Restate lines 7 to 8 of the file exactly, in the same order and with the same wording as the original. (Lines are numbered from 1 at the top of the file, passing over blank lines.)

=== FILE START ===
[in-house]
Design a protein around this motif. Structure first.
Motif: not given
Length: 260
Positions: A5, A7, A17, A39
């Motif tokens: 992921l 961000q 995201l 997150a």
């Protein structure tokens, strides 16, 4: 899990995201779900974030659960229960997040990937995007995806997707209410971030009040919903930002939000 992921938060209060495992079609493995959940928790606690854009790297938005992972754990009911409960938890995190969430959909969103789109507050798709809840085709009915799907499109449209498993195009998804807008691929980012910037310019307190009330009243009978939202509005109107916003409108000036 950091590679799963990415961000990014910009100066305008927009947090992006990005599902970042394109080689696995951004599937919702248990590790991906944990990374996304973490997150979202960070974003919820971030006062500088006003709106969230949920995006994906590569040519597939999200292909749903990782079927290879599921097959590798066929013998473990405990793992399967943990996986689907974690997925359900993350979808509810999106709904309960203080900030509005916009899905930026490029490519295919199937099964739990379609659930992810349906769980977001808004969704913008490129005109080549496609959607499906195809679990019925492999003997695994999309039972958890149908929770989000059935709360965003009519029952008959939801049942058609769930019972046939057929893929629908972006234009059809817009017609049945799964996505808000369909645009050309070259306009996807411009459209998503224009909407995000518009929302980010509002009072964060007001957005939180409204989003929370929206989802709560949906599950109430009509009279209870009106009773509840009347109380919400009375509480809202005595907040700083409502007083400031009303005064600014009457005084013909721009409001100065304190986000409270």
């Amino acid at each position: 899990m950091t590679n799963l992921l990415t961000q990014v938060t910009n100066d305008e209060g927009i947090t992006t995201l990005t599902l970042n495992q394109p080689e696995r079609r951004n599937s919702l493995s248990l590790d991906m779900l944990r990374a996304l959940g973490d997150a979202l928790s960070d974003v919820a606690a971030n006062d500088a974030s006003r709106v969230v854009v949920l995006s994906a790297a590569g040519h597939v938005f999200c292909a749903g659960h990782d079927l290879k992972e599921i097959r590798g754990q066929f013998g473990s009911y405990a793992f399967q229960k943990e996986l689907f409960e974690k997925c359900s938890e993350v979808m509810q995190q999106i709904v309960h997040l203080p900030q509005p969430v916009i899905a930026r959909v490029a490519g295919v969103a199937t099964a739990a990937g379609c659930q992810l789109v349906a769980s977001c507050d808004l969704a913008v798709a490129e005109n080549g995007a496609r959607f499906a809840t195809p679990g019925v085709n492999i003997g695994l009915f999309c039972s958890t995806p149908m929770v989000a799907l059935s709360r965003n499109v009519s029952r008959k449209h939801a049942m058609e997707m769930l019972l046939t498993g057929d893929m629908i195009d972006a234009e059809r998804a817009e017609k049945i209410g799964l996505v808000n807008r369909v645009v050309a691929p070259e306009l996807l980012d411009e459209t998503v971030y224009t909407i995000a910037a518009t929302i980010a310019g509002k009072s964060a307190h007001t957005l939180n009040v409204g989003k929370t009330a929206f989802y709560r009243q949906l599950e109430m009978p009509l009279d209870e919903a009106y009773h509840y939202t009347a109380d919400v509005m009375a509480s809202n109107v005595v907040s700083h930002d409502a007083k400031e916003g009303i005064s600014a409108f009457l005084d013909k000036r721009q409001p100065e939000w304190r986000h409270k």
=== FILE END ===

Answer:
């Protein structure tokens, strides 16, 4: 899990995201779900974030659960229960997040990937995007995806997707209410971030009040919903930002939000 992921938060209060495992079609493995959940928790606690854009790297938005992972754990009911409960938890995190969430959909969103789109507050798709809840085709009915799907499109449209498993195009998804807008691929980012910037310019307190009330009243009978939202509005109107916003409108000036 950091590679799963990415961000990014910009100066305008927009947090992006990005599902970042394109080689696995951004599937919702248990590790991906944990990374996304973490997150979202960070974003919820971030006062500088006003709106969230949920995006994906590569040519597939999200292909749903990782079927290879599921097959590798066929013998473990405990793992399967943990996986689907974690997925359900993350979808509810999106709904309960203080900030509005916009899905930026490029490519295919199937099964739990379609659930992810349906769980977001808004969704913008490129005109080549496609959607499906195809679990019925492999003997695994999309039972958890149908929770989000059935709360965003009519029952008959939801049942058609769930019972046939057929893929629908972006234009059809817009017609049945799964996505808000369909645009050309070259306009996807411009459209998503224009909407995000518009929302980010509002009072964060007001957005939180409204989003929370929206989802709560949906599950109430009509009279209870009106009773509840009347109380919400009375509480809202005595907040700083409502007083400031009303005064600014009457005084013909721009409001100065304190986000409270």
């Amino acid at each position: 899990m950091t590679n799963l992921l990415t961000q990014v938060t910009n100066d305008e209060g927009i947090t992006t995201l990005t599902l970042n495992q394109p080689e696995r079609r951004n599937s919702l493995s248990l590790d991906m779900l944990r990374a996304l959940g973490d997150a979202l928790s960070d974003v919820a606690a971030n006062d500088a974030s006003r709106v969230v854009v949920l995006s994906a790297a590569g040519h597939v938005f999200c292909a749903g659960h990782d079927l290879k992972e599921i097959r590798g754990q066929f013998g473990s009911y405990a793992f399967q229960k943990e996986l689907f409960e974690k997925c359900s938890e993350v979808m509810q995190q999106i709904v309960h997040l203080p900030q509005p969430v916009i899905a930026r959909v490029a490519g295919v969103a199937t099964a739990a990937g379609c659930q992810l789109v349906a769980s977001c507050d808004l969704a913008v798709a490129e005109n080549g995007a496609r959607f499906a809840t195809p679990g019925v085709n492999i003997g695994l009915f999309c039972s958890t995806p149908m929770v989000a799907l059935s709360r965003n499109v009519s029952r008959k449209h939801a049942m058609e997707m769930l019972l046939t498993g057929d893929m629908i195009d972006a234009e059809r998804a817009e017609k049945i209410g799964l996505v808000n807008r369909v645009v050309a691929p070259e306009l996807l980012d411009e459209t998503v971030y224009t909407i995000a910037a518009t929302i980010a310019g509002k009072s964060a307190h007001t957005l939180n009040v409204g989003k929370t009330a929206f989802y709560r009243q949906l599950e109430m009978p009509l009279d209870e919903a009106y009773h509840y939202t009347a109380d919400v509005m009375a509480s809202n109107v005595v907040s700083h930002d409502a007083k400031e916003g009303i005064s600014a409108f009457l005084d013909k000036r721009q409001p100065e939000w304190r986000h409270k």